That sort of analysis presupposes that we’re still in a period where politics can be characterised as a simple straight line between left and right where everyone fits neatly on the line. The problem (and an especially acute one for someone like me who studies centre parties) is that competition is now much more multi-dimensional with a whole range of other issues just as salient as the traditional class and economic ones. I think that helps to explain Macron’s success as much as a traditional view of him as a centrist. Because the old left-right model has broken and politics is much more fractured around questions of identity, it was easier for a candidate from outside the traditional party bases to get into the second round, but it seems that Macron was also able to attract voters on the new axes of competition. This is interesting, because while we’ve seen parties and candidates able to draw support from what Hooghe et al call the Traditional/Authoritarian/Nationalist (TAN) side of competition, we’ve not yet seen those who motivate the Green/Alternative/Libertarian (GAL) side, and while Macron isn’t as far along the GAL axis as Le Pen is on the TAN side, it offers an interesting contrast. (Indeed, one reason for Macron’s second round polling lead is that he’s closer to the centre of opinion on this axis)
A quick word on Melenchon here. While he has received some flak for not making a second-round endorsement last night, it seems that he had always said that he would only do so after consulting with his supporters and once he’s done that, I expect he’ll make a statement that’s at the very least strongly anti-Le Pen, if not fully pro-Macron. The problem, I think, stems from a minority of his supporters (and their British counterparts) who push the idiotic ‘better an honest fascist than a slimy centrist’ line, and those who think that the whole system needs to be brought down and would switch to Le Pen as their preferred wrecking ball against the seeming establishment figure of Macron. I don’t hold with the ‘horseshoe theory’ of political alignment that says the far-left and the far-right are somehow adjacent, but I do think that some people’s reasons for supporting politicians of one or the other does mean that their next most likely preference is the seeming opposite.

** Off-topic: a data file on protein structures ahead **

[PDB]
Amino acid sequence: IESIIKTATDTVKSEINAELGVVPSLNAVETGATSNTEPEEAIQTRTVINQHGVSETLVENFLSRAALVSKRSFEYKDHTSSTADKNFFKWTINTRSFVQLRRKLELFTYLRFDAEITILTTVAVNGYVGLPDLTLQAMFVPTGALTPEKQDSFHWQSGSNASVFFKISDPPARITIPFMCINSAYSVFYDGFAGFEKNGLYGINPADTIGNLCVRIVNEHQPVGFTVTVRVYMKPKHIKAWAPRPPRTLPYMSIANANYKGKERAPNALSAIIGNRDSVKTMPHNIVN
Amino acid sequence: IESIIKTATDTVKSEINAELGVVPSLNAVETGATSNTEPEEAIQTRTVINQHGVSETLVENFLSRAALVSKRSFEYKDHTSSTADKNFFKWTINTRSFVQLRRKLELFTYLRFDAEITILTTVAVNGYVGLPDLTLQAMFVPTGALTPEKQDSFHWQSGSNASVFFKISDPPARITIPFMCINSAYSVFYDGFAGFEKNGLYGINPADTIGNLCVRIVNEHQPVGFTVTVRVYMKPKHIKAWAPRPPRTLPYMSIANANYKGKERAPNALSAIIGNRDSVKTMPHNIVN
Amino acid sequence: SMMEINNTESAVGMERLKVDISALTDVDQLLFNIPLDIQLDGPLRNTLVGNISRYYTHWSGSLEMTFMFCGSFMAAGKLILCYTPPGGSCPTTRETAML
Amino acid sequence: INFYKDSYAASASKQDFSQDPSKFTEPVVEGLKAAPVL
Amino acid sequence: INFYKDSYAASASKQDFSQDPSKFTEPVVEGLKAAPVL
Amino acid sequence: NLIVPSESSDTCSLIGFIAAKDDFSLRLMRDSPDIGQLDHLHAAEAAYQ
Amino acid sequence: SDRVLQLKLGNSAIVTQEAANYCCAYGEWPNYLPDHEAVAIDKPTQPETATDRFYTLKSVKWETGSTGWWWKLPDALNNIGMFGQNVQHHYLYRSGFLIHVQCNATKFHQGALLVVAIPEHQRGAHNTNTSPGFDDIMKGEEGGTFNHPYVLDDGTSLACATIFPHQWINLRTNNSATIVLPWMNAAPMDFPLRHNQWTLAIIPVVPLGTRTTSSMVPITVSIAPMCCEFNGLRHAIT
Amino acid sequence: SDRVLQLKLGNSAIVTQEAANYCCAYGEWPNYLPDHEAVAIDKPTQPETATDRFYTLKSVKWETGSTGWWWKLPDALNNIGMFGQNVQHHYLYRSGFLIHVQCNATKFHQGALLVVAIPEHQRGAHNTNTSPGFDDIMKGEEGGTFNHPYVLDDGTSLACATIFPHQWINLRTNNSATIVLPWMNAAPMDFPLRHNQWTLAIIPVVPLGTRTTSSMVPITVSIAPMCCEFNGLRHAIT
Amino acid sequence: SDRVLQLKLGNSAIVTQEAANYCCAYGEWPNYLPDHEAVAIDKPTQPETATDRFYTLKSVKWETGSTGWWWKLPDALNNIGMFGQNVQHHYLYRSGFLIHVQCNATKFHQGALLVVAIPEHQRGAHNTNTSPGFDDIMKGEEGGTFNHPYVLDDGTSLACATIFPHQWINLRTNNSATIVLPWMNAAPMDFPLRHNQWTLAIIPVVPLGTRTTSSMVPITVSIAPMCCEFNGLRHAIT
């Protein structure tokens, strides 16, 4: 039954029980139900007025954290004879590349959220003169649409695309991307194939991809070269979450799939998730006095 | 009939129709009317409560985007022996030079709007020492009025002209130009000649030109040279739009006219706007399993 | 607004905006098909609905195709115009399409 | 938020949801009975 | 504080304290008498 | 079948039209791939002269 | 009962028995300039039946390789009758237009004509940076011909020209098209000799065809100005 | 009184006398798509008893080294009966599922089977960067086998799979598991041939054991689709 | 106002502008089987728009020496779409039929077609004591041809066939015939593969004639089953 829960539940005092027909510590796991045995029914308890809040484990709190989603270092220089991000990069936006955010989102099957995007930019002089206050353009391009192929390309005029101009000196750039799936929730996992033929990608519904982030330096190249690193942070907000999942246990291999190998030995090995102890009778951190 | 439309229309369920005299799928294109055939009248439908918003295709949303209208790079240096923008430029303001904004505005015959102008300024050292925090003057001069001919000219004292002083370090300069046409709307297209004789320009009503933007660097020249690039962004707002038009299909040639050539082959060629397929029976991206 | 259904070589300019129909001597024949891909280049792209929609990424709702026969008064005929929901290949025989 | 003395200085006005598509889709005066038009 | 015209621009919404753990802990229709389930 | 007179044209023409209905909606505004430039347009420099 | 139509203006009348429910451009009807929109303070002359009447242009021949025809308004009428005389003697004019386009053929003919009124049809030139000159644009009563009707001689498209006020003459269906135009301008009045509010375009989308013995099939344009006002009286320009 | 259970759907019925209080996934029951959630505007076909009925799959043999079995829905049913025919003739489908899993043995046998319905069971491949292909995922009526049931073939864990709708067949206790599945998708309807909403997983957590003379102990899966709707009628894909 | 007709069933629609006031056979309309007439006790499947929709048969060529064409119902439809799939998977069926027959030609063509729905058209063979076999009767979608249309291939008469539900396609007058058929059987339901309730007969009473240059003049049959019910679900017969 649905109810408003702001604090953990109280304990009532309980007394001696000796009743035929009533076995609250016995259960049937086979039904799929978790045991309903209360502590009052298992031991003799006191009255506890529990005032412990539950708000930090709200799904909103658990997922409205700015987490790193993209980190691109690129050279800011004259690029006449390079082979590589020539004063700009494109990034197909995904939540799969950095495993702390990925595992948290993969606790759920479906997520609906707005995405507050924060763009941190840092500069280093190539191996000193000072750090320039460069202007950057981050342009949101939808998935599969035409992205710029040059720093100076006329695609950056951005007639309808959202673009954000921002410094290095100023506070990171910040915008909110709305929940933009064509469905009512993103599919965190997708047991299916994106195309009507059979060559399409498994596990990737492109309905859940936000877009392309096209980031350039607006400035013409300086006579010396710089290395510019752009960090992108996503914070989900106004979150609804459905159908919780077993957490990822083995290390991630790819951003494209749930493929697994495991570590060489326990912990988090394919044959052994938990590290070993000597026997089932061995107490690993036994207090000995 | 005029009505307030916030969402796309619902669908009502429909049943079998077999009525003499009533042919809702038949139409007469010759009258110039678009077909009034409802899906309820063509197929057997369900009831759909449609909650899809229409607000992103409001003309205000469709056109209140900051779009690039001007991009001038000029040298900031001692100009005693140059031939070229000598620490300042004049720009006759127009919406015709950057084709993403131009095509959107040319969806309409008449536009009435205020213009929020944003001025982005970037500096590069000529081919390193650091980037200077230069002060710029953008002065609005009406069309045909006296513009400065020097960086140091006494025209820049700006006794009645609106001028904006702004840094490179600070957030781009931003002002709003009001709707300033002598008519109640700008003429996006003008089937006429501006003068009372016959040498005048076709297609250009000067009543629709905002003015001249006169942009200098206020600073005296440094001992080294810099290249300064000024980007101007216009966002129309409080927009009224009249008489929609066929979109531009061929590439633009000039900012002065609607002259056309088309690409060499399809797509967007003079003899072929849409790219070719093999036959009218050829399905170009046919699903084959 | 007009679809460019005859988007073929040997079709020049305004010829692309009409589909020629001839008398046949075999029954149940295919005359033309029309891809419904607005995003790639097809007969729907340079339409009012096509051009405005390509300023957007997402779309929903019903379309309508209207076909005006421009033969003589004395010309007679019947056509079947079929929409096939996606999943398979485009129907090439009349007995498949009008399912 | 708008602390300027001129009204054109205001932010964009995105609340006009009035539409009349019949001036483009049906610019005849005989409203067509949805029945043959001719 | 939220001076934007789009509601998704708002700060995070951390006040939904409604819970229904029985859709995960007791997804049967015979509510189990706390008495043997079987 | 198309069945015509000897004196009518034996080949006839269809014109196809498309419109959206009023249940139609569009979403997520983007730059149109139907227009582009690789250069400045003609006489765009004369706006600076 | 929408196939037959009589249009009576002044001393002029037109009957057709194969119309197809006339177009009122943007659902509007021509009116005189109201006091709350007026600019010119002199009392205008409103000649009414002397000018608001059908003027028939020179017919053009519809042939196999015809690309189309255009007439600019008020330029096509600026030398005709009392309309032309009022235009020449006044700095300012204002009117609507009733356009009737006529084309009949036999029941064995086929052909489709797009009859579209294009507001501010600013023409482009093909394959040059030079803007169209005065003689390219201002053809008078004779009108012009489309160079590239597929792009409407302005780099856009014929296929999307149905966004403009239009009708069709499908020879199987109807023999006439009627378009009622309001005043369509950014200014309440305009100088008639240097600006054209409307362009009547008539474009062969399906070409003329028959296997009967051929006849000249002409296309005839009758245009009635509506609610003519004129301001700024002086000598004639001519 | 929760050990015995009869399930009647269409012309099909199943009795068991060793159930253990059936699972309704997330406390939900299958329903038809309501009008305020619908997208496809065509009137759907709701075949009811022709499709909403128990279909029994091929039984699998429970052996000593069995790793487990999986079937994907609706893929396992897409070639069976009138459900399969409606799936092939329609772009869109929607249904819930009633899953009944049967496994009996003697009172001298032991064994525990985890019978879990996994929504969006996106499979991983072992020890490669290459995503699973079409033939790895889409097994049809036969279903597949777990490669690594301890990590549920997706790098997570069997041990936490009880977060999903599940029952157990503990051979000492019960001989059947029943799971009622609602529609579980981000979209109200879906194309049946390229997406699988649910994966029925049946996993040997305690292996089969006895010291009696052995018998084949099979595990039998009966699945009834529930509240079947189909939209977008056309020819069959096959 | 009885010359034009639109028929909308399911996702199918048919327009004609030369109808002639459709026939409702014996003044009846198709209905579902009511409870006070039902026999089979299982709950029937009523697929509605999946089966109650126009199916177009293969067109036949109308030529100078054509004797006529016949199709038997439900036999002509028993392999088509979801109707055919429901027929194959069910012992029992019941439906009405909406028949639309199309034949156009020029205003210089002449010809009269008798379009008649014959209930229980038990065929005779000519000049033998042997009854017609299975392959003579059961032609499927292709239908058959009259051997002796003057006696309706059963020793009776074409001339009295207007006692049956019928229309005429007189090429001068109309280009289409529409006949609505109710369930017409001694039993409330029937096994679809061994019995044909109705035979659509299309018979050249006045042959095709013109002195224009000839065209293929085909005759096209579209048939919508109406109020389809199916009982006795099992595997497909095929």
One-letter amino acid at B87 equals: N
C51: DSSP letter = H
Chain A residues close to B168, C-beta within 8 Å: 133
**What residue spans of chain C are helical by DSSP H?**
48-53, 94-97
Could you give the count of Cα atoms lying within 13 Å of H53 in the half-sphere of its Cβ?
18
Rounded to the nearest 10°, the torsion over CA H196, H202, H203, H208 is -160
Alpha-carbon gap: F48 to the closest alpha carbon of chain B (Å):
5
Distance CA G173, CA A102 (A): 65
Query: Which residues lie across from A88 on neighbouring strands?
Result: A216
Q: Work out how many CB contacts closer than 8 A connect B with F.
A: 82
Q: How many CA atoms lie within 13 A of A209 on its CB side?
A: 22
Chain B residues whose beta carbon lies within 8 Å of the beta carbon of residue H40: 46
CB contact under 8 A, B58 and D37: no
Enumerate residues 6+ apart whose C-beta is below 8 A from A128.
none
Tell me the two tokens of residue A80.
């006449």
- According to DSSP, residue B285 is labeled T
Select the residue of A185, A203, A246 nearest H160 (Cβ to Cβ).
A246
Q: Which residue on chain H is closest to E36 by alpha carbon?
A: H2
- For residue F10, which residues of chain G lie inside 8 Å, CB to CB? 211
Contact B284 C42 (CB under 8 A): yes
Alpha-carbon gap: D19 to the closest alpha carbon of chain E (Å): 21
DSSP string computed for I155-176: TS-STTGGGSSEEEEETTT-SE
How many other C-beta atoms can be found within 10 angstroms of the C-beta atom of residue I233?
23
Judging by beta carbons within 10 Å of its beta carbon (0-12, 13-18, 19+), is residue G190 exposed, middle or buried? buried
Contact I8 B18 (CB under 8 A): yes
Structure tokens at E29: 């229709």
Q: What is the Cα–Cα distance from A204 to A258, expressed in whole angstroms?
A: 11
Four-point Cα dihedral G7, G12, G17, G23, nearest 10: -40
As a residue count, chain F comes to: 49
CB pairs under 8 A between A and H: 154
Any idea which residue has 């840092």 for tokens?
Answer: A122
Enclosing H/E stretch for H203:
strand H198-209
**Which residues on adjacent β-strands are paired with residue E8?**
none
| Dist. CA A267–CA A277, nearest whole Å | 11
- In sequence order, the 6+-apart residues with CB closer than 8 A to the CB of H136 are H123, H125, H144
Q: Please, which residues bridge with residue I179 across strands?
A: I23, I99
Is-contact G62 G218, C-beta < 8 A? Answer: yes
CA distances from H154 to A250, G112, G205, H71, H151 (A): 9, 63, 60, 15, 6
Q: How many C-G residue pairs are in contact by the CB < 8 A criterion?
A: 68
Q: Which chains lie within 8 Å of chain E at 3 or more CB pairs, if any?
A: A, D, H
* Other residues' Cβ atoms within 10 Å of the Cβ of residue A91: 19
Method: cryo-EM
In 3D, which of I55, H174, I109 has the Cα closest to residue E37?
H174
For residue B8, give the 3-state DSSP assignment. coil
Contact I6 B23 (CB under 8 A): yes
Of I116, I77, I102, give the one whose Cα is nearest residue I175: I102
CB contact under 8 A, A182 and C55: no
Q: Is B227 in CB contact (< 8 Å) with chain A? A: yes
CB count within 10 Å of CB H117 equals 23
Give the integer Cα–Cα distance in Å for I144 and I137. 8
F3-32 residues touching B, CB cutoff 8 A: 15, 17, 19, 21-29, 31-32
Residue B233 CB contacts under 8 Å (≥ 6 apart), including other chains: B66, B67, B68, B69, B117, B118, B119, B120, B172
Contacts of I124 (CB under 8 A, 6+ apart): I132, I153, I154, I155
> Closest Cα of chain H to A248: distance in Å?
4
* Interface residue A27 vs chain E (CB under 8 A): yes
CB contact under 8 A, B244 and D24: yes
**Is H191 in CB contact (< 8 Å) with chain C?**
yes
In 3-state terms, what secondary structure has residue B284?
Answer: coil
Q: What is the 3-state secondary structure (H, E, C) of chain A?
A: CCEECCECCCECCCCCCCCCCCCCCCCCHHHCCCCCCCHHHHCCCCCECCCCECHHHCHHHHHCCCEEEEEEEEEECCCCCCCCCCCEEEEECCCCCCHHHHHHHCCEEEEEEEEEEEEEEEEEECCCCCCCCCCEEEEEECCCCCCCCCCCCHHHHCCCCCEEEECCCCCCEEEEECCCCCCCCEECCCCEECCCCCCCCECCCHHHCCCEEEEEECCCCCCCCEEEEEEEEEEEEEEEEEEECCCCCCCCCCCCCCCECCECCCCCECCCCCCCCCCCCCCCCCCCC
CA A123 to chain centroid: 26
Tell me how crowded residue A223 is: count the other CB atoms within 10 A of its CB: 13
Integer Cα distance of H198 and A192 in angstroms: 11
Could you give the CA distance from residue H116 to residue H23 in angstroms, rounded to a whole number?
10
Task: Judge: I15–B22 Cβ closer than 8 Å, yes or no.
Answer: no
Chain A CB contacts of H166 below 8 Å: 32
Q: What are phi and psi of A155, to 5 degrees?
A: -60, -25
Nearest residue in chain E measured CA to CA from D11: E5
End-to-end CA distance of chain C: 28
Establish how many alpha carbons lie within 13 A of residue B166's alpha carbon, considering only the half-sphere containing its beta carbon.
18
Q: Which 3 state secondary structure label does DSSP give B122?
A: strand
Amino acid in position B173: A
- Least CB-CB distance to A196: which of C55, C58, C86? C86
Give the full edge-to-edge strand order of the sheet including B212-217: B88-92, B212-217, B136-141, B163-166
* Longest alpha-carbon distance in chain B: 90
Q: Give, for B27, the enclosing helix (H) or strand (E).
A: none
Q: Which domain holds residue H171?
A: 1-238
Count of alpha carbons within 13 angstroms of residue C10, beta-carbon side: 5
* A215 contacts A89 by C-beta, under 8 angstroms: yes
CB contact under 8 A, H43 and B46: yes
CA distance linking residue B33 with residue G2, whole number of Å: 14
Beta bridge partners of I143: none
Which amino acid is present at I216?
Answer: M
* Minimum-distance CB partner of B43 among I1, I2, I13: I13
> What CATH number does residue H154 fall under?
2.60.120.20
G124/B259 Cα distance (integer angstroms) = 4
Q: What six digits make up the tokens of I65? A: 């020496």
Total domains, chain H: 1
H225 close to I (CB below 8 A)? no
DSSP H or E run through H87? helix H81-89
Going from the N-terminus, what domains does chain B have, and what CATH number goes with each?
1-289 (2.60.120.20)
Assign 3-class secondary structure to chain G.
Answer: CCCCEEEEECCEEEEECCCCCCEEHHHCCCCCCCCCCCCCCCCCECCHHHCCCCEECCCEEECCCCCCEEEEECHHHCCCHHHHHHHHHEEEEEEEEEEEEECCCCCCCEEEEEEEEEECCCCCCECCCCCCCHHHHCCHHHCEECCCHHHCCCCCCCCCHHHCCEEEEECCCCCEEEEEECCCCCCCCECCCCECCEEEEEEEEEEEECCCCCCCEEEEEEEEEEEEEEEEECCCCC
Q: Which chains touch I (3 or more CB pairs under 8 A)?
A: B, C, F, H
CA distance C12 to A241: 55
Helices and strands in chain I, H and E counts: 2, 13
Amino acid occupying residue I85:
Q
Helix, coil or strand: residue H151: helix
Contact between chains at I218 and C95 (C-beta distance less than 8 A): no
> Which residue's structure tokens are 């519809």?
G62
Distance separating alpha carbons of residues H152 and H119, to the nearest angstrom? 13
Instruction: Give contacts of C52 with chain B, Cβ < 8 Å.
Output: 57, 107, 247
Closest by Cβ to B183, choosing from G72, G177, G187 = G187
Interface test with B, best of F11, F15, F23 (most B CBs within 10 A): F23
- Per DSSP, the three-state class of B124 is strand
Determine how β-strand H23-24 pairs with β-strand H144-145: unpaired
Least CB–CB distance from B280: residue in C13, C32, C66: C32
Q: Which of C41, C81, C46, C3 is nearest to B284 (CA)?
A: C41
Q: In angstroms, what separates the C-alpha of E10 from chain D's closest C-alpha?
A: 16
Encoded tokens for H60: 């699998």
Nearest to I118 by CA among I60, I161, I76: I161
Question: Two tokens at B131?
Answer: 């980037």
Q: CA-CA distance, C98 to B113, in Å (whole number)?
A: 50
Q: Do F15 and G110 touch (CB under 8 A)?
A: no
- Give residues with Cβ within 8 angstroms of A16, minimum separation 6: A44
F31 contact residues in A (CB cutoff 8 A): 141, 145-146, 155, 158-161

What comes next? Obviously, we all look towards the second round on the 7th May when Macron should roll to a convincing victory, but it already appears to me that he’s looking at a longer strategy, beyond winning just the Presidency. His rhetoric last night saw him pitching himself very much as what we in Britain would call a ‘one nation’ candidate, appealing across the political divide to bring the traditional republican values of France together. It’s a strategy that’s not just focused on winning the next round but establishing a strong base of support for the legislative elections that are coming in June. We already know that En Marche! is planning to stand in all 577 National Assembly constituencies (with promises of a diverse range of candidates, including many newcomers to politics) and if Macron can use the contest against Le Pen to position himself as the figurehead of the nation, and then use that to argue for a Presidential majority in the Assembly election. If his appeal is enough to get En Marche! candidates into the second round in many of the contests, then the same electoral factors that have almost delivered him the Presidency should give him a strong enough base of support in the Assembly to put together a government of his choosing.